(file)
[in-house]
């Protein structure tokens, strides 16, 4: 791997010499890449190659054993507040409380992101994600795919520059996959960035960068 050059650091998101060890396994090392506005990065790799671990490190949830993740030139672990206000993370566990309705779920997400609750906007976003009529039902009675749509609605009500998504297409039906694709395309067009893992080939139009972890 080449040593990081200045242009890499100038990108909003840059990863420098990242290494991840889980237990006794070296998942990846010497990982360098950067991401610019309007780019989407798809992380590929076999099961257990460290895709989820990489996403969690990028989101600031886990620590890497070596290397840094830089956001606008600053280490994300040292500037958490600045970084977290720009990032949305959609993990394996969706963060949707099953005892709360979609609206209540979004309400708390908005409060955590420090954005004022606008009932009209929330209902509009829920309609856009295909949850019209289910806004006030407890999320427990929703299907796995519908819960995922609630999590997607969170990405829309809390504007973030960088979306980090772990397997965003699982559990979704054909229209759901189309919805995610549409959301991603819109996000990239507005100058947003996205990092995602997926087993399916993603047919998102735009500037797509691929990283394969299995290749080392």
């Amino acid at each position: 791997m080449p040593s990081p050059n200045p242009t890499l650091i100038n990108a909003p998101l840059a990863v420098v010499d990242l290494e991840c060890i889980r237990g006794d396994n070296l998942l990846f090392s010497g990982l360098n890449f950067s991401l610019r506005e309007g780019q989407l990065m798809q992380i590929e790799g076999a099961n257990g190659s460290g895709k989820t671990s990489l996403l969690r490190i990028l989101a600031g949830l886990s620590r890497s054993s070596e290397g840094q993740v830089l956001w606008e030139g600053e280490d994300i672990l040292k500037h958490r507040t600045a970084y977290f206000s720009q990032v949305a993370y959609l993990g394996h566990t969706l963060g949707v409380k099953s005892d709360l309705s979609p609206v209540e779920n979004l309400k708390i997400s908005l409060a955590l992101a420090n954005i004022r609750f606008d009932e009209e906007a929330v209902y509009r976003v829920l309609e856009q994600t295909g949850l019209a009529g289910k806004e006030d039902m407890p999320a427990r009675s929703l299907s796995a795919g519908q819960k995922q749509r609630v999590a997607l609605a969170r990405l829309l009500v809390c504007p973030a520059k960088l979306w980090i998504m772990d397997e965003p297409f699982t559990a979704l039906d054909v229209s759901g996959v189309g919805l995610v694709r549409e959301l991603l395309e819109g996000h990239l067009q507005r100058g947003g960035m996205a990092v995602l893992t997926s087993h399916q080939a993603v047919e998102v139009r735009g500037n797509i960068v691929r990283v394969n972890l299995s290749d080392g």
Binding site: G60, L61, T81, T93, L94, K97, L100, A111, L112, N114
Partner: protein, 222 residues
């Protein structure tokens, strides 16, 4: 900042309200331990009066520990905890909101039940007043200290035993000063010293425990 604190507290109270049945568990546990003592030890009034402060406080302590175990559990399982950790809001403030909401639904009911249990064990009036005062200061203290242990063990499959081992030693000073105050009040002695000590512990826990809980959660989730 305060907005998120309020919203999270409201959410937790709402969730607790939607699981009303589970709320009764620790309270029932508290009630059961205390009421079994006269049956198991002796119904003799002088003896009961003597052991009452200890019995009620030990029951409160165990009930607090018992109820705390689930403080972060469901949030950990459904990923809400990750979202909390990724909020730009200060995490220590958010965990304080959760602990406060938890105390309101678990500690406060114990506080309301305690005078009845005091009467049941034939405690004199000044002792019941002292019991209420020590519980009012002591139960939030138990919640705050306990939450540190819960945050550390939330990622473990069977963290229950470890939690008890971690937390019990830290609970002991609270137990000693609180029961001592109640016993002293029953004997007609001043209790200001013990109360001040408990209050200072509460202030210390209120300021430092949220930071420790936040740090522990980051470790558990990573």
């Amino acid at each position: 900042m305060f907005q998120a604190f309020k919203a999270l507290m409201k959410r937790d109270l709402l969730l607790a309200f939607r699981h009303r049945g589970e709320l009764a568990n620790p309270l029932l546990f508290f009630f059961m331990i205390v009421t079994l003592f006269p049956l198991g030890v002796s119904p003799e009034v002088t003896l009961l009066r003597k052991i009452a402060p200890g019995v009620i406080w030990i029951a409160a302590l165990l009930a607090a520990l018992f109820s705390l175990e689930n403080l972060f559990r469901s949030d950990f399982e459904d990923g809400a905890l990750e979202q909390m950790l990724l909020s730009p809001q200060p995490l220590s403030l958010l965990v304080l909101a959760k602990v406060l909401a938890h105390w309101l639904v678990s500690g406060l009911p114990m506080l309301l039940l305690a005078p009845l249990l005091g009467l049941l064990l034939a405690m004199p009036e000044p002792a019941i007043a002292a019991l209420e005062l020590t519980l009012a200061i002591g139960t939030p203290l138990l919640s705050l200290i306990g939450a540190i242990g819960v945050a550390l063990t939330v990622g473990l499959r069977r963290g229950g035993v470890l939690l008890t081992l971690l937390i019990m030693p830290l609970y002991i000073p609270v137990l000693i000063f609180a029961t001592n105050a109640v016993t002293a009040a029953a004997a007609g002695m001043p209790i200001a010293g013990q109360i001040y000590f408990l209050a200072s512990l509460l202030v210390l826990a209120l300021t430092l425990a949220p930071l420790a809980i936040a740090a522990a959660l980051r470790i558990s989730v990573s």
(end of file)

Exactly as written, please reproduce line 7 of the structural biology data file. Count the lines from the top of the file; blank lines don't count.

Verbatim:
């Amino acid at each position: 900042m305060f907005q998120a604190f309020k919203a999270l507290m409201k959410r937790d109270l709402l969730l607790a309200f939607r699981h009303r049945g589970e709320l009764a568990n620790p309270l029932l546990f508290f009630f059961m331990i205390v009421t079994l003592f006269p049956l198991g030890v002796s119904p003799e009034v002088t003896l009961l009066r003597k052991i009452a402060p200890g019995v009620i406080w030990i029951a409160a302590l165990l009930a607090a520990l018992f109820s705390l175990e689930n403080l972060f559990r469901s949030d950990f399982e459904d990923g809400a905890l990750e979202q909390m950790l990724l909020s730009p809001q200060p995490l220590s403030l958010l965990v304080l909101a959760k602990v406060l909401a938890h105390w309101l639904v678990s500690g406060l009911p114990m506080l309301l039940l305690a005078p009845l249990l005091g009467l049941l064990l034939a405690m004199p009036e000044p002792a019941i007043a002292a019991l209420e005062l020590t519980l009012a200061i002591g139960t939030p203290l138990l919640s705050l200290i306990g939450a540190i242990g819960v945050a550390l063990t939330v990622g473990l499959r069977r963290g229950g035993v470890l939690l008890t081992l971690l937390i019990m030693p830290l609970y002991i000073p609270v137990l000693i000063f609180a029961t001592n105050a109640v016993t002293a009040a029953a004997a007609g002695m001043p209790i200001a010293g013990q109360i001040y000590f408990l209050a200072s512990l509460l202030v210390l826990a209120l300021t430092l425990a949220p930071l420790a809980i936040a740090a522990a959660l980051r470790i558990s989730v990573s």